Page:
I shall be exceedingly glad if you could do something of this kind, because I look with great alarm on the movement for the disestablishment of the Church of England, — a step which I fear would retard freedom of thought for centuries. This would inevitably be its effect if any similar proportion of its revenues as in the case of [6] the Irish Church, was handed over to the disestablished Ch[urch]. of England, — which would then still retain most of its prestige & respectability, — would have enormous wealth, which might be indefinitely increased by further private endowments, — & would have a ruling episcopacy endowed with absolute power who would keep up creeds & dogmas & repress all freedom of thought & action, & thus do irreparable injury to the nation. Besides this, we should lose a grand organization for education, and a splendid endowment which might confer incalculable benefits [7] on society if only its recipients were rendered absolutely free. What might have been the result if during the last 100 years the 20,000 sermons which are preached every Sunday in Gt. Britain, instead of being rigidly confined to one monstrous subject, had been true lessons in civilization, morality, the laws of health, & other useful knowledge, — and if the teachers had been the high class of men who, if unfettered, would have gone into this, the noblest of professions.

I so much fear that Miall’s6 premature agitation may force some future Government to disestablishment of any terms, that I think it of [8] the greatest importance to point out what may be lost by such a step.


Antiquity of Man. Your suggestion as to putting the Glacial Chapters in an appendix , I think excellent. On reading them again I find them so full of useful and suggestive matter that it would be a pity to leave them out altogether, — yet they undoubtedly interrupt the continuity of the main subject. I have only read yet to Ch[apter]. XIV., & see very little to alter as far as I know. The plan of an Appendix will be in every way the easiest & involves least work, — but I fear the "Greeks"7 cannot come in even in an Appendix. Cannot you develope[sic] it into a thin book? It will do much good.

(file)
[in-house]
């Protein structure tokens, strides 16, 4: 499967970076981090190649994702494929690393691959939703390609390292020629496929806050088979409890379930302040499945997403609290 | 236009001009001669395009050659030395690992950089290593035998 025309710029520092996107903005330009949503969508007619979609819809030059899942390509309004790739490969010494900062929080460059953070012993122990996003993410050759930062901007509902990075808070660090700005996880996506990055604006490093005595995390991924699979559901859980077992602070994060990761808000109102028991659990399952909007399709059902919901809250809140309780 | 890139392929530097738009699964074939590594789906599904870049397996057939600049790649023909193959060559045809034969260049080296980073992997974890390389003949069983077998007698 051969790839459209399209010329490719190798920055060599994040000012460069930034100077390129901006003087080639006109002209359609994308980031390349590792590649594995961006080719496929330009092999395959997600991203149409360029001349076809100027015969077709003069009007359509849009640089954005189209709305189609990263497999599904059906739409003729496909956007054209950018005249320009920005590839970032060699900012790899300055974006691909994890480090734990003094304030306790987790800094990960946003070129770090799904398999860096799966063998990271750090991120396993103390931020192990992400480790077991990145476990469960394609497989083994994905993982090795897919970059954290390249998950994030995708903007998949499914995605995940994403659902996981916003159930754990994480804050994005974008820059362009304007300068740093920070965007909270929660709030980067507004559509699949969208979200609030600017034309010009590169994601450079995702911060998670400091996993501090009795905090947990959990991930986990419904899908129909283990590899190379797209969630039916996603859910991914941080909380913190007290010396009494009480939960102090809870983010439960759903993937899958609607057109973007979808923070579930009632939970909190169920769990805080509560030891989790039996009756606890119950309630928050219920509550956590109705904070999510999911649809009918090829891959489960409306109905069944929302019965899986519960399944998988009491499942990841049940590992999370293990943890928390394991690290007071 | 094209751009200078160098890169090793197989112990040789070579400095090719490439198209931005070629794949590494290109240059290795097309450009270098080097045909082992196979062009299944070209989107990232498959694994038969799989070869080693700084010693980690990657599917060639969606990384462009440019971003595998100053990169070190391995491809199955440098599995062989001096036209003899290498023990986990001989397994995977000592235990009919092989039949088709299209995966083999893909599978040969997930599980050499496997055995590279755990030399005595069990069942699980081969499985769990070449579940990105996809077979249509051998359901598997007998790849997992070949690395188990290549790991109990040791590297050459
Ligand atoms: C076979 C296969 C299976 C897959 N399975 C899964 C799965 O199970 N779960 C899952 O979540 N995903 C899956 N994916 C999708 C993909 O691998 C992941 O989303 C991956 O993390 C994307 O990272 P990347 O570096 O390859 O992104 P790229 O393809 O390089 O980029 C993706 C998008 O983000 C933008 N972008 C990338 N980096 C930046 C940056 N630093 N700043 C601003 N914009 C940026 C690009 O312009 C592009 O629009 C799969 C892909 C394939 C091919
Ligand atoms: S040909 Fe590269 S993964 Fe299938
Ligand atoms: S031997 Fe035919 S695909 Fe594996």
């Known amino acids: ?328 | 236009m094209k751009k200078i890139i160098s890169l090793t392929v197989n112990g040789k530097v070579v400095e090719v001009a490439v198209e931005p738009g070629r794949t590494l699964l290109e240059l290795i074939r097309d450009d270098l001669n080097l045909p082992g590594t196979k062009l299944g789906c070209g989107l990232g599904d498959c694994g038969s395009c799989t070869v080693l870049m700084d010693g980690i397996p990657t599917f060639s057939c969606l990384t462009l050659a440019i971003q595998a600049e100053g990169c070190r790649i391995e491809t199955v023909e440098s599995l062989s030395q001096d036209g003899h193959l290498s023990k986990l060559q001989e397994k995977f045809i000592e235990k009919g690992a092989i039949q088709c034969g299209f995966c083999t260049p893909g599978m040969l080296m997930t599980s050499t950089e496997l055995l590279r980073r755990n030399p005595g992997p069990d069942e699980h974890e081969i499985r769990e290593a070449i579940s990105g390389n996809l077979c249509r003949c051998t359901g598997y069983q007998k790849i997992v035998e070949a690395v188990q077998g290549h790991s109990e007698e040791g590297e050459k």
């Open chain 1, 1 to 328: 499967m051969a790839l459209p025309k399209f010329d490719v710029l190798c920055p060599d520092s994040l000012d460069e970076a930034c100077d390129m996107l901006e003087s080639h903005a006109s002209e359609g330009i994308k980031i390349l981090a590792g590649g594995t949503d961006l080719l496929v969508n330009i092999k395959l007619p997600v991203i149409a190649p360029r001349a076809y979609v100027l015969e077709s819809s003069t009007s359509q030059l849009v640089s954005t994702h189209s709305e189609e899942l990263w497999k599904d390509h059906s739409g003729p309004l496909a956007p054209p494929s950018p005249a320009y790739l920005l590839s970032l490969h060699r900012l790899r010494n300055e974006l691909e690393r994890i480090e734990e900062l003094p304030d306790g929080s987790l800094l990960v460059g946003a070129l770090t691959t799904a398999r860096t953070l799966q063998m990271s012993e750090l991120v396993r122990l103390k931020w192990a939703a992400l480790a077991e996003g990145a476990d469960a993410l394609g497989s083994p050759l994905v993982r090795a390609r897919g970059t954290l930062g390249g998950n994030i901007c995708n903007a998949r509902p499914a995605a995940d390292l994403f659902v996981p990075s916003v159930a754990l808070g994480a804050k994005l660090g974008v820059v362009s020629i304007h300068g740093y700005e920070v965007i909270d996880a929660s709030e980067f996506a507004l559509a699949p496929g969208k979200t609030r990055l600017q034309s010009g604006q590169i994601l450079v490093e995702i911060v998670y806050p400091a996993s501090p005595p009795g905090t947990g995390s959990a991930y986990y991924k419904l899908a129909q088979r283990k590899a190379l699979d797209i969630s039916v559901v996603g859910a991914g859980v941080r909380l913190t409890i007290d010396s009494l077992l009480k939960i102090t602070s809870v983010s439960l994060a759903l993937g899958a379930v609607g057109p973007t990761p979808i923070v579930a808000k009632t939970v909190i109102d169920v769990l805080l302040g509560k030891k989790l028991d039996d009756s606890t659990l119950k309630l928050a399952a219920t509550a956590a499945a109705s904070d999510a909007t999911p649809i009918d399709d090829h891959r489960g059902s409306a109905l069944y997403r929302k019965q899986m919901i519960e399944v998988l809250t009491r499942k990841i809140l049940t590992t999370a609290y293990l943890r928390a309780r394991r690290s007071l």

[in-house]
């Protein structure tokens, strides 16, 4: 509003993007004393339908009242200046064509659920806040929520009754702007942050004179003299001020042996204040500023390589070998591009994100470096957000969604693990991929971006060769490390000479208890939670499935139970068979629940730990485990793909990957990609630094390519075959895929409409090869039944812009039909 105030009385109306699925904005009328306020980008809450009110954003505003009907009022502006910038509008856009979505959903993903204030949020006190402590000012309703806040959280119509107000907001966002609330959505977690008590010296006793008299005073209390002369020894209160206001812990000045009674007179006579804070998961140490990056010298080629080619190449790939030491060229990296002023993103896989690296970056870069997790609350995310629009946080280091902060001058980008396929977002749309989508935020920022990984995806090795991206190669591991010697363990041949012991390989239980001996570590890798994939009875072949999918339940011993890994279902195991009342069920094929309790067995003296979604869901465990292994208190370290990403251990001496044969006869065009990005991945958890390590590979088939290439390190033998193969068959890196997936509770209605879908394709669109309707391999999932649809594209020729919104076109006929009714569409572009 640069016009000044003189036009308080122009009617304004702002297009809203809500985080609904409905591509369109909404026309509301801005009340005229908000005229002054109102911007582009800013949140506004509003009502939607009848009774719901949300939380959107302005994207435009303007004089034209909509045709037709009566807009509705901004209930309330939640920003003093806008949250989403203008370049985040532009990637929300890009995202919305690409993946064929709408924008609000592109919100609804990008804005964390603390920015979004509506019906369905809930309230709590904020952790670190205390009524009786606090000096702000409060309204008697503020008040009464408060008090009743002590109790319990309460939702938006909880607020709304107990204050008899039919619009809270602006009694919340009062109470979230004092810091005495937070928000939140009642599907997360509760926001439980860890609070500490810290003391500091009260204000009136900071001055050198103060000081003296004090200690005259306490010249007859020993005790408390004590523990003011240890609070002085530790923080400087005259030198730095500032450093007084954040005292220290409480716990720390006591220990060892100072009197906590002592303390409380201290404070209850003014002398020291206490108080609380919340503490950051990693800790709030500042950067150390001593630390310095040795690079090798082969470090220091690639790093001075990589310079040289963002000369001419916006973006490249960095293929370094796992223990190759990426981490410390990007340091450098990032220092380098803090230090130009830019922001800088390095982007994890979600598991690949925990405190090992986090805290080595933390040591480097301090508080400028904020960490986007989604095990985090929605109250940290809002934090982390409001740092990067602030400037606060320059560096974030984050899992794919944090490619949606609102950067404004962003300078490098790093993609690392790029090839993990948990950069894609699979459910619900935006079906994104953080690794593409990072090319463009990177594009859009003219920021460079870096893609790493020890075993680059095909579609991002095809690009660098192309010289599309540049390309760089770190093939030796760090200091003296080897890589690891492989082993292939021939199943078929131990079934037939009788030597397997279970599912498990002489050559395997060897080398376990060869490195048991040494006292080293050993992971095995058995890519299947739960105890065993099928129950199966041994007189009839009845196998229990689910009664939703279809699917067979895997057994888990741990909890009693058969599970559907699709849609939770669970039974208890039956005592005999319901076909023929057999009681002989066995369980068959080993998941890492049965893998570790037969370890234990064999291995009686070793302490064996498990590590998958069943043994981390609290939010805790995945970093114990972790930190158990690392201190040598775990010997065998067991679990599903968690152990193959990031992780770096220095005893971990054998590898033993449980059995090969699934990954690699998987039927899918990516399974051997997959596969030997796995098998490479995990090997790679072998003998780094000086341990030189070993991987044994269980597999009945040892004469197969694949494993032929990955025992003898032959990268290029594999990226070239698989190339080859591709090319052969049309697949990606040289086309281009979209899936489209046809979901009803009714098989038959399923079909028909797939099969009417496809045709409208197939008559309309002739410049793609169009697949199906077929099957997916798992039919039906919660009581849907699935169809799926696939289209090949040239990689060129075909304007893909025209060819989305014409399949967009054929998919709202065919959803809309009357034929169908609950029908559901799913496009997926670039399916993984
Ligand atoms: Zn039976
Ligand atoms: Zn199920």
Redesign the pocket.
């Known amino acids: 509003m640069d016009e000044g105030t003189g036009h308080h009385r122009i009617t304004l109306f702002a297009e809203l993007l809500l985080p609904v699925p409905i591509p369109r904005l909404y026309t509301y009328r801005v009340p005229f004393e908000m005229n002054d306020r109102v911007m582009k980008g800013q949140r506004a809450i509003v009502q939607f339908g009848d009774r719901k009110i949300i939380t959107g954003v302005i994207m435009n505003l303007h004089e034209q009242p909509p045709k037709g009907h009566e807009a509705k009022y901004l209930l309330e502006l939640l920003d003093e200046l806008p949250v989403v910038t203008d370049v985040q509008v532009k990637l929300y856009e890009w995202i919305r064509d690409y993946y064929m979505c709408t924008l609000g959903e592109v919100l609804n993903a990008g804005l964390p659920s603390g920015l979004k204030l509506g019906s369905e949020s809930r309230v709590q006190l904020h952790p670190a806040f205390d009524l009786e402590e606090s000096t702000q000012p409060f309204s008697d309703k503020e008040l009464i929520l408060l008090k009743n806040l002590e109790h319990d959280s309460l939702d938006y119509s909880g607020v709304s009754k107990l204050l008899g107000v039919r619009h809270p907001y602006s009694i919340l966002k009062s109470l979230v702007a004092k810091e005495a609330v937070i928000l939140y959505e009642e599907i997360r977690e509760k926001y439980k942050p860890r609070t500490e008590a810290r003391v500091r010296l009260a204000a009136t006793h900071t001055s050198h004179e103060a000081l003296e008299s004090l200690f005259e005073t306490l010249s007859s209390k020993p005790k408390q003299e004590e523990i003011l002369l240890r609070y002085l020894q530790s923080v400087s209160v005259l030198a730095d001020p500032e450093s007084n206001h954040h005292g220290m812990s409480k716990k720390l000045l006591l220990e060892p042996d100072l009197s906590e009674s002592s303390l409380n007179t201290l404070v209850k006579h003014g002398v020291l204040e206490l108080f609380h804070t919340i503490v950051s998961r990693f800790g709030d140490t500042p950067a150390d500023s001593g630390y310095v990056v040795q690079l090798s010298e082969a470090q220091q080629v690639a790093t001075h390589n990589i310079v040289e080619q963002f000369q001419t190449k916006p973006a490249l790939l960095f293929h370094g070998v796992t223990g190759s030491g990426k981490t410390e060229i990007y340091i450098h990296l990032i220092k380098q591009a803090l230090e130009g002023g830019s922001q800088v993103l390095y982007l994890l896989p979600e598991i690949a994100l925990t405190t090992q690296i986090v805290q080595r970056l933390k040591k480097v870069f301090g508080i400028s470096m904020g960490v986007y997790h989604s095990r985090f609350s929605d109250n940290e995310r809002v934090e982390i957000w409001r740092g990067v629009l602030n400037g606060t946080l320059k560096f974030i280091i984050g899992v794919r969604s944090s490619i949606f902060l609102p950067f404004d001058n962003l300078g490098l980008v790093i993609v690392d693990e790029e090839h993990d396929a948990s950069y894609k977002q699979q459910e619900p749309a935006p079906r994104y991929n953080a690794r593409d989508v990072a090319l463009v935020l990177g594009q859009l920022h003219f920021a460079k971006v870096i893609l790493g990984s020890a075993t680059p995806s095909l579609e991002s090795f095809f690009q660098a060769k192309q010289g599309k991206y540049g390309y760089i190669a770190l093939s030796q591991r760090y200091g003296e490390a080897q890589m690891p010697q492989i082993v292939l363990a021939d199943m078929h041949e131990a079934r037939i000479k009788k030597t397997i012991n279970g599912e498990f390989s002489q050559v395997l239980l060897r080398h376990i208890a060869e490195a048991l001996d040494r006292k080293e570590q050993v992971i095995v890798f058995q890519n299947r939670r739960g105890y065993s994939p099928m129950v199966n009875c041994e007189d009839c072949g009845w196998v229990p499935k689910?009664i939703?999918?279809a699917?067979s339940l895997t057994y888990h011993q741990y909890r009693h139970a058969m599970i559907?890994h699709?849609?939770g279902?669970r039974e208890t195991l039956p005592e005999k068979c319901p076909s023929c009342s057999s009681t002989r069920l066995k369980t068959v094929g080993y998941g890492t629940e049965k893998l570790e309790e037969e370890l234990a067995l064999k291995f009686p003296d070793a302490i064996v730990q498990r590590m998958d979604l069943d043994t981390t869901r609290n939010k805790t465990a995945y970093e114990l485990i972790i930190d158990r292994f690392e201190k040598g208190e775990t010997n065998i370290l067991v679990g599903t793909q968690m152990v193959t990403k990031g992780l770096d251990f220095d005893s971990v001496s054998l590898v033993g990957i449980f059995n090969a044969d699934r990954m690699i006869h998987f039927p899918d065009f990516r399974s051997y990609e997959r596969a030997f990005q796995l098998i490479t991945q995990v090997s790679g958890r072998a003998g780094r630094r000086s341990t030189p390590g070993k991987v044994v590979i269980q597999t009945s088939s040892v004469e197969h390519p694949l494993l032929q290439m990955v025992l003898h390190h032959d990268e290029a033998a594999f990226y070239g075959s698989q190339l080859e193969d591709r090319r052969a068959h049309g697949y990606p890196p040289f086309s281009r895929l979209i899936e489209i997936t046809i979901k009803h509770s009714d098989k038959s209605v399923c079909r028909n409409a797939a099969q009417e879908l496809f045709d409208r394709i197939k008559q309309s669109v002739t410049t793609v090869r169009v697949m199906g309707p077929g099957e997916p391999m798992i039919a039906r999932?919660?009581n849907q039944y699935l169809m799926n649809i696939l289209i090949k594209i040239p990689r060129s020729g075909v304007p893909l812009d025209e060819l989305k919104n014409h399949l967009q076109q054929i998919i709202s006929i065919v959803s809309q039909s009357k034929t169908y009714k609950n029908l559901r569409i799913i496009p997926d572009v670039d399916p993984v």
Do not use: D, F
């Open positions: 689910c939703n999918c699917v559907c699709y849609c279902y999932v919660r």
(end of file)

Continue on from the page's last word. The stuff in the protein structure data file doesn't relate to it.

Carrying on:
I remain | yours very sincerely | Alfred R. Wallace [signature]

Sir Charles Lyell Bart.

Geological Evidences of the Antiquity of Man, by Sir Charles Lyell. Initially published in three parts in February, April and November 1863. The much revised fourth edition was published in 1873.
The page / catalogue number, "427", appears at the top left of the page, and Wallace has numbered the page at top, centre, with an encircled "2".
Sir Francis Galton FRS (1822 — 1911). English polymath. A cousin of Charles Darwin, he was, amongst other things, an anthropologist and eugenicist.
Hereditary Genius by Sir Francis Galton. Published by Macmillan, London 1869.
This passage was written vertically, in the left-hand margin of the page.
Edward Miall (1809 — 1881). English journalist and promoter of disestablishment of the Church of England. He was founder of the Liberation Society, and a Liberal Party politician.
Possibly a reference to charges raised in the Athenaeum by Hugh Falconer (1808 — 1865) and elsewhere by John Lubbock (1834 — 1913) that Lyell had misleadingly cast himself in the lead while ignoring the work of others.

Please cite as “WCP4866,” in Beccaloni, G. W. (ed.), Ɛpsilon: The Alfred Russel Wallace Collection accessed on 2 July 2022, https://epsilon.ac.uk/view/wallace/letters/WCP4866